Plumbing Supply Lines – Risks Hiding in Plain Sight

Matt Hunter

Most homeowners don’t recognize the risk that lies within plain sight within their home or condo – water supply lines. An average four-bedroom, three-bath home can contain 15 or more water supply lines; however, checks of the condition of these lines are not normally included as part of a home’s regularly scheduled maintenance.

A study conducted by the Insurance Institute for Business & Home Safety (IBHS) found that:

  • Plumbing supply system failures are the leading source of residential water losses, with 48% greater losses (in terms of total dollar value) than the second leading source
  • Two out of every three plumbing supply failure losses analyzed in the study occurred when the supply system material failed

One of the reasons that these failures can be so damaging is that the supply lines found in bathrooms, laundry rooms, basements, kitchens and wet bars are connected to a pressurized water supply. When failures occur, devastating damage can occur in a short amount of time as large amounts of water can be released unabated into your home for hours or even days. Even small amounts of water that soak into floors, walls, carpeting or cabinets can cause thousands of dollars of damage.

What can you do to reduce this risk? Here are some tips to help prevent water supply line failures:

  • plumbing hosesPerform regular visual checks on the water supply lines in your home. Check lines / hoses under sinks, in bathrooms and laundry rooms, and connected to water heaters and appliances such as dishwashers and icemakers. Look for signs of rust, corrosion, or standing water underneath connections that might indicate an imminent failure. If any of these conditions are found, replace the water supply line immediately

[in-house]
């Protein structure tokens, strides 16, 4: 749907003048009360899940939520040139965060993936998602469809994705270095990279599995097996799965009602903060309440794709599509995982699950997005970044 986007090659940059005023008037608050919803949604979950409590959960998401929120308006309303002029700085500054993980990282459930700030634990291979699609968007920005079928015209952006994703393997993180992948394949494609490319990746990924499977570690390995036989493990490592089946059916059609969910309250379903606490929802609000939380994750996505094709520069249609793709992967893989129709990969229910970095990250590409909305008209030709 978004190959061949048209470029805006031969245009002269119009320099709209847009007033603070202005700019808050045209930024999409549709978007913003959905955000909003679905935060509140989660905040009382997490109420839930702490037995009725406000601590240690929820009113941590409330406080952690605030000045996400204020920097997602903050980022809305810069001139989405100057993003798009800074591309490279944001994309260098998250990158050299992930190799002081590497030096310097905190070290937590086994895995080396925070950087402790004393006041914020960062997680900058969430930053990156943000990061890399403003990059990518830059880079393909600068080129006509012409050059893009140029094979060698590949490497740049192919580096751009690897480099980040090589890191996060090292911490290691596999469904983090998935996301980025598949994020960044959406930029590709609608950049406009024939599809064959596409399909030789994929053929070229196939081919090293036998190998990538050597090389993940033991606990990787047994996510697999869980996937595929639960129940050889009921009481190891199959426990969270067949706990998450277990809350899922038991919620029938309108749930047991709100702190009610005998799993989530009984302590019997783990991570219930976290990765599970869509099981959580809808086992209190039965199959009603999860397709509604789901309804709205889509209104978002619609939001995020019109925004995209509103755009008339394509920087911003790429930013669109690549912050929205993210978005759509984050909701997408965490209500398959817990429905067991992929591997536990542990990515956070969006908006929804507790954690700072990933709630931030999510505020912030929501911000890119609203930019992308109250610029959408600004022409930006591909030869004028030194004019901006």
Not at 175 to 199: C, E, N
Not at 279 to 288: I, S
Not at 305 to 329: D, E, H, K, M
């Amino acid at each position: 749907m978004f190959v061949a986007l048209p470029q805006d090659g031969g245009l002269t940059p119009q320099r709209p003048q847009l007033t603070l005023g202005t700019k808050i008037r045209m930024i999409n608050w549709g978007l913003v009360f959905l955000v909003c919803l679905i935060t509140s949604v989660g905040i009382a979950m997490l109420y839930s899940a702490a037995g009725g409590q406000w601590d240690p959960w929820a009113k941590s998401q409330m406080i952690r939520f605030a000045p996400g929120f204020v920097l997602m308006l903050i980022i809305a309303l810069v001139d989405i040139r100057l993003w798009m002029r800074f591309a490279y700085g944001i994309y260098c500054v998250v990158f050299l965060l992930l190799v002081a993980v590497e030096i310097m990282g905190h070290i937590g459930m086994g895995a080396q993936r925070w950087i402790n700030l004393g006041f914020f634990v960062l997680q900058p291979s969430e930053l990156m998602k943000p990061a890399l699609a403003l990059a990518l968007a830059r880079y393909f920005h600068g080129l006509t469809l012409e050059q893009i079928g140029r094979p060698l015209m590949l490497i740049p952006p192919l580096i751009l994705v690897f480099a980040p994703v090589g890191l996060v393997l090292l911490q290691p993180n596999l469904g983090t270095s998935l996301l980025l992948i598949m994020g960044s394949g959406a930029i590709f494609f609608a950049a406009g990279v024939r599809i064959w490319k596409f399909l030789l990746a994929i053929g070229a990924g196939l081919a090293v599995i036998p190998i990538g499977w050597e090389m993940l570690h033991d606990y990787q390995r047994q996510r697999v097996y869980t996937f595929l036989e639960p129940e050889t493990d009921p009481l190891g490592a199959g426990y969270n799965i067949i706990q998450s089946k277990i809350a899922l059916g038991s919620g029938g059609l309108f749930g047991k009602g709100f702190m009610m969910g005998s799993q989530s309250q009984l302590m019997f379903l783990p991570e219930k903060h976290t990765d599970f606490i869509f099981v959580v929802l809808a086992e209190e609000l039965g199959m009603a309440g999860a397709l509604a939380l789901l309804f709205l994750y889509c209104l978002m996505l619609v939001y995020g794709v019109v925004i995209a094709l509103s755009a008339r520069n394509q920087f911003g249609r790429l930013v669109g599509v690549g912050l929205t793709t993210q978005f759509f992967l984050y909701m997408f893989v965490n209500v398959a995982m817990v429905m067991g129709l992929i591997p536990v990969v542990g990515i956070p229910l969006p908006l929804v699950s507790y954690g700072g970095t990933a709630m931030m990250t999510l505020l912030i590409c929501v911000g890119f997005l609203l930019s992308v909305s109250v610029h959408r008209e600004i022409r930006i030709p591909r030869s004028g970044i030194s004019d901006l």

• Replace all water supply lines every 10 years, even if there are no signs of wear. Most water supply line failures are sudden bursts that occur due to age.
  • When replacing one set of water supply lines, consider replacing all of them to avoid having hoses of different ages throughout the home.
  • Replace any rubber or plastic hoses with braided stainless steel hoses, which have been shown to last longer.
  • When leaving your home unoccupied for an extended period of time, arrange for a friend or relative to check on the home a few times each week.
  • If possible, turn off the water supply main valve when your home will be unoccupied for an extended period.
  • Make sure that everyone in your household, including any household staff, knows how to turn off the water at the water main or the individual water source should an active plumbing leak be discovered.
  • Consider installing an automatic plumbing leak detection system, which turns off the water supply in the event of a leak.

Matt Hunter is Risk Consulting Service Leader for Chubb Personal Risk Services.  He has 26 years of insurance experience in claims, risk management, and loss prevention.

Categories: Home
Tags: , , ,

Leave a Reply